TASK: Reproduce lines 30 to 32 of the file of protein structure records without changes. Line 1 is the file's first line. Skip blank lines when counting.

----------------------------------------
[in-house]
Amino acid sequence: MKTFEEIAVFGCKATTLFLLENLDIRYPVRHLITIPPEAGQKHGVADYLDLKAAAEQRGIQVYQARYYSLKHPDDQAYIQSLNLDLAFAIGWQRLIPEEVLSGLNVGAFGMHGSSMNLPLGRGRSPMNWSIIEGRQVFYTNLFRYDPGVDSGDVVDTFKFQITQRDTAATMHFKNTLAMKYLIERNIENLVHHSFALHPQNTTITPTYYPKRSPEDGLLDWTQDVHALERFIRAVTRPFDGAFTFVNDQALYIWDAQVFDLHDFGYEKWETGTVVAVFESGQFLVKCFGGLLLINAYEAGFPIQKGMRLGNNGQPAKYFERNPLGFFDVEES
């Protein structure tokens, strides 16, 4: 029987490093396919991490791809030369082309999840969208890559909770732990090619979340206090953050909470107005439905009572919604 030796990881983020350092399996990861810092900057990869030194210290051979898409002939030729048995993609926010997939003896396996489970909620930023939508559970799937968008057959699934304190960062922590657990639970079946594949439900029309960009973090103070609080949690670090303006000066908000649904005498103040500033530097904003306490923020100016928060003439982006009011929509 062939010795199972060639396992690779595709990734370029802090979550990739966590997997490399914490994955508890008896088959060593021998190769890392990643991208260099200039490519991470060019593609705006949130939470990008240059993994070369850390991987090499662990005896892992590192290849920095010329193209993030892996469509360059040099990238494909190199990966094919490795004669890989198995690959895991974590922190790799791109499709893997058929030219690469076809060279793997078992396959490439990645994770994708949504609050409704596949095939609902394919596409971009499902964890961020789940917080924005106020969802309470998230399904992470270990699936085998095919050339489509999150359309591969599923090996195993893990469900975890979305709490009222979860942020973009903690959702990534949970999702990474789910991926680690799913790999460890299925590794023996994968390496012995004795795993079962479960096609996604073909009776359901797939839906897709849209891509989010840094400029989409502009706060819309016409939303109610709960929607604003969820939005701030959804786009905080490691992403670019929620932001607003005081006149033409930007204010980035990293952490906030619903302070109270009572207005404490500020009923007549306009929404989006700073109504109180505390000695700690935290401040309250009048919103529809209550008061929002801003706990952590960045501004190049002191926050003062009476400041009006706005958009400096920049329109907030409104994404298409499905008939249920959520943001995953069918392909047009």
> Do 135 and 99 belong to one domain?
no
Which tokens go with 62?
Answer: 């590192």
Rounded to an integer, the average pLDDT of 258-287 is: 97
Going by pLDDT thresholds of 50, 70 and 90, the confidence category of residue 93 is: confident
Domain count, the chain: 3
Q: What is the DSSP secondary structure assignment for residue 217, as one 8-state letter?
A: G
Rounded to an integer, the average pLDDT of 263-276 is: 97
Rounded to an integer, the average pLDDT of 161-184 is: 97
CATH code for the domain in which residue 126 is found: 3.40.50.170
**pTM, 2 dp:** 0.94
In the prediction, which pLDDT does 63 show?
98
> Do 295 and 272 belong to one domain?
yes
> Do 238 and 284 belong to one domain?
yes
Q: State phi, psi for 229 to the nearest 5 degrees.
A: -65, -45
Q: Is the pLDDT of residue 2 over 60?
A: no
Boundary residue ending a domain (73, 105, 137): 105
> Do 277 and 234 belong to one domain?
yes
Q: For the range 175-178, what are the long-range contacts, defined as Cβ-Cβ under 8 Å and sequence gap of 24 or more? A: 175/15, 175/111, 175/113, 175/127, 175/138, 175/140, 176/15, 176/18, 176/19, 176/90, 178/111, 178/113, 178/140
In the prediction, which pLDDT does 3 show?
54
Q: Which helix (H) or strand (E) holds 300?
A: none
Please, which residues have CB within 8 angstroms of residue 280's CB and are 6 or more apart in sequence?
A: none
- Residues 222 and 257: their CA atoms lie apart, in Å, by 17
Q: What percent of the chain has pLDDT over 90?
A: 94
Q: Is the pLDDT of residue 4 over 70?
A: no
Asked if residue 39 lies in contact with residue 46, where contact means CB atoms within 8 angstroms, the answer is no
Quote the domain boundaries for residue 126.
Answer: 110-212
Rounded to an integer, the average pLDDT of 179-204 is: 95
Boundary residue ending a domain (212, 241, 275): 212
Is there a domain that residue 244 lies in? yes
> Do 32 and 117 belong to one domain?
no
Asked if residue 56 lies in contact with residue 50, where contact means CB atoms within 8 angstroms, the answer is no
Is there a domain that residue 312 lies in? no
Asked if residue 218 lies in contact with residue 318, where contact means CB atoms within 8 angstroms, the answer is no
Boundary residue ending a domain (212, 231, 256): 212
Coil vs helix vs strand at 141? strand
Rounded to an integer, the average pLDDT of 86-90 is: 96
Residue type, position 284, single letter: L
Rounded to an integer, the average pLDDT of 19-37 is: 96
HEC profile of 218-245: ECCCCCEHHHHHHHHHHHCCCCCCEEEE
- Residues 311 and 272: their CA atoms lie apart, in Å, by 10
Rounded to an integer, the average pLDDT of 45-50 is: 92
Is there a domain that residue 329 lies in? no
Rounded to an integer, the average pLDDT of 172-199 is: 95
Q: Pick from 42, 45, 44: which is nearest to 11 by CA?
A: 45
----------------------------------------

Q: For the range 175-178, what are the long-range contacts, defined as Cβ-Cβ under 8 Å and sequence gap of 24 or more? A: 175/15, 175/111, 175/113, 175/127, 175/138, 175/140, 176/15, 176/18, 176/19, 176/90, 178/111, 178/113, 178/140
In the prediction, which pLDDT does 3 show?
54